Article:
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Pupil unable to finish school over outstanding fee

THE parents of a private school student who was prevented from going into sixth year over non-payment of a school fee of less than €3,000 were ordered by a court yesterday to pay over the money.

Daragh Lee (18), who was not in court and who is currently studying in Finland, was due to return to the fee-paying Sandford Park School in Ranelagh, Dublin, at the end of August 2010.

But a court was told yesterday it had been made "crystal clear" to Daragh's parents that he could not return unless the outstanding fee was paid.

Sandford Park instituted proceedings against Ken and Emer Lee -- who have divorced -- for the payment of the fee and yesterday Dublin District Civil Court made an order in favour of the school.

The school refused to comment following the ruling but Mr Lee said he never had any intention other than to pay the fee. "I expected the outcome but this was not about money, it was about me having the opportunity to make public how my son was treated," he said.

Reading from a prepared statement, Mr Lee, who has an address at The Village, Stepaside, Dublin, told the court that the manner in which the school prevented Daragh from sitting his final year was "deliberate, reckless (and) ruthless".

"Daragh was penalised, bullied and used as an example to his colleagues and their parents as to what will happen at Sandford Park School Ltd when school fees are not paid on time."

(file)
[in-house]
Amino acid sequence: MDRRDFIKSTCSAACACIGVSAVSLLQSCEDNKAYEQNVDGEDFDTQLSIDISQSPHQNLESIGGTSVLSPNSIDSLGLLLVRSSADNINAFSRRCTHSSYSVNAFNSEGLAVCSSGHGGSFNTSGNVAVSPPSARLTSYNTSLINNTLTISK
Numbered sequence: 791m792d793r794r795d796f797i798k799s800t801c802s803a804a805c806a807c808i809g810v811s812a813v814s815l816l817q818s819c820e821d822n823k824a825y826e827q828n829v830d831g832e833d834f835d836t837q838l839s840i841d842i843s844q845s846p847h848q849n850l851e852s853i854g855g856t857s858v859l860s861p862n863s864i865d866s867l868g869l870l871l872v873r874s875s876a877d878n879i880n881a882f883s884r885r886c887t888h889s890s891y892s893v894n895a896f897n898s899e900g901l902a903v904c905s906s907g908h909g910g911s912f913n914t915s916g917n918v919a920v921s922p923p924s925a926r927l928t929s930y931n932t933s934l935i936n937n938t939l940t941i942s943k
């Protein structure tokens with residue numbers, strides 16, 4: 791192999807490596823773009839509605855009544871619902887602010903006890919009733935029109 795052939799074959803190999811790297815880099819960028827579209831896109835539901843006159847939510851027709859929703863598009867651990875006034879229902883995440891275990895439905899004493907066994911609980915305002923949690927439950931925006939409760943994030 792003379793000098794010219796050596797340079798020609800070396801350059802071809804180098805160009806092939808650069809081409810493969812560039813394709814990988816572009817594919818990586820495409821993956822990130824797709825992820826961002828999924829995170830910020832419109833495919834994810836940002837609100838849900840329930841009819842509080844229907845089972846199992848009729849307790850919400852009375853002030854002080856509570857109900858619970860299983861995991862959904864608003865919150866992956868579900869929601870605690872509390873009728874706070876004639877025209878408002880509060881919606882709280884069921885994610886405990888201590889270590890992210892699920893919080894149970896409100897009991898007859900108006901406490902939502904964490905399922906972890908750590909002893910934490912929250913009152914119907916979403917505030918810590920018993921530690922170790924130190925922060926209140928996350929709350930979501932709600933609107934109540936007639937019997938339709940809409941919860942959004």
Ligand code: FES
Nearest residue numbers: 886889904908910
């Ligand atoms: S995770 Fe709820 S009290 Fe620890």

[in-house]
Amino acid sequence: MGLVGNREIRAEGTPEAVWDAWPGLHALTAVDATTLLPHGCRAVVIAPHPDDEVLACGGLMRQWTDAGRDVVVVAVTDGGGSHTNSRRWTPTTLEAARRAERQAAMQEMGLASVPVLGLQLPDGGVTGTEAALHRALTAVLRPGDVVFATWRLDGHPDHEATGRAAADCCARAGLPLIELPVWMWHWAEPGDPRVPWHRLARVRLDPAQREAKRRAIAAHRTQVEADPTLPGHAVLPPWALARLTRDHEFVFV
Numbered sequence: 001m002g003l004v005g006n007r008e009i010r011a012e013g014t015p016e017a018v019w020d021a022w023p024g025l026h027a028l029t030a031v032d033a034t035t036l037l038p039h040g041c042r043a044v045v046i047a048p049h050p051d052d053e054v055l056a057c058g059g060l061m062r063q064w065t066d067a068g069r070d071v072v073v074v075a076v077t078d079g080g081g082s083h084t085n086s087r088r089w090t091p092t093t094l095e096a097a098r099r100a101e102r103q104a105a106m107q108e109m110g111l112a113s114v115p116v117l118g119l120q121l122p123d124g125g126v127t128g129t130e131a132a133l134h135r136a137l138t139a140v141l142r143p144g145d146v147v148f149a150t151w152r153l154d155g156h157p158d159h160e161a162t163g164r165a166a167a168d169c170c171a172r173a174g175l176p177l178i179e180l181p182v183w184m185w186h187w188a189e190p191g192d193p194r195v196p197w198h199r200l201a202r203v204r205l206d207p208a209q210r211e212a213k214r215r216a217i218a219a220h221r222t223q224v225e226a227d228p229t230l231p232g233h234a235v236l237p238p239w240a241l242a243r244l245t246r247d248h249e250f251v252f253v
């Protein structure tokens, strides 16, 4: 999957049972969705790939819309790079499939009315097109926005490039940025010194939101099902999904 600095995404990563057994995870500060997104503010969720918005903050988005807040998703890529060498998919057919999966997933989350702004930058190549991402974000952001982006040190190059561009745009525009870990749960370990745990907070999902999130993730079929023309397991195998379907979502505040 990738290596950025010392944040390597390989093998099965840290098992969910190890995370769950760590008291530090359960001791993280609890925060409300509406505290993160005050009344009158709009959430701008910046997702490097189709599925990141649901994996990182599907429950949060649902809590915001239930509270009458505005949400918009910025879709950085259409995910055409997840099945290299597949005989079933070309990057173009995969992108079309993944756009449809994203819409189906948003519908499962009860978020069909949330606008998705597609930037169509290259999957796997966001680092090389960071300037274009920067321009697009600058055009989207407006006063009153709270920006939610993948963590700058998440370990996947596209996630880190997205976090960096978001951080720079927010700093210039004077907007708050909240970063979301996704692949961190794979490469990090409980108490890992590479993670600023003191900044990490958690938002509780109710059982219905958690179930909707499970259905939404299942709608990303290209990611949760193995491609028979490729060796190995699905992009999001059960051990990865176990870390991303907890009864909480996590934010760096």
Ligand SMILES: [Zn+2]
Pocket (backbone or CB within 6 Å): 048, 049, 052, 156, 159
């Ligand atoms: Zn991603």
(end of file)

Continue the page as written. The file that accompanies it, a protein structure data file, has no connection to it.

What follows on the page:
He claimed the school refused to accept a guarantee that the outstanding fee would be paid when the family home was sold.

School bursar David Townsend said that at a meeting in May 2010 both parents were told that Daragh could not return to school if the fees were not paid.

"My position was absolutely crystal clear that he could not return if the fees were not paid," he told solicitor Peter Boyle, for the school.

School board of governors chairman, Brian McConnell, said it was particularly important for a school like Sandford Park that parents did not go into a subsequent year owing money and incurring further debt.

Asked had the school been given an irrevocable undertaking from Mr Lee's solicitors that the fees would be paid from the proceeds of the sale of the family home, Mr McConnell said they would have given it consideration but no such undertaking was forthcoming.

Given the circumstances of the case, Judge Mary Collins said she would make no order on costs.

Irish Independent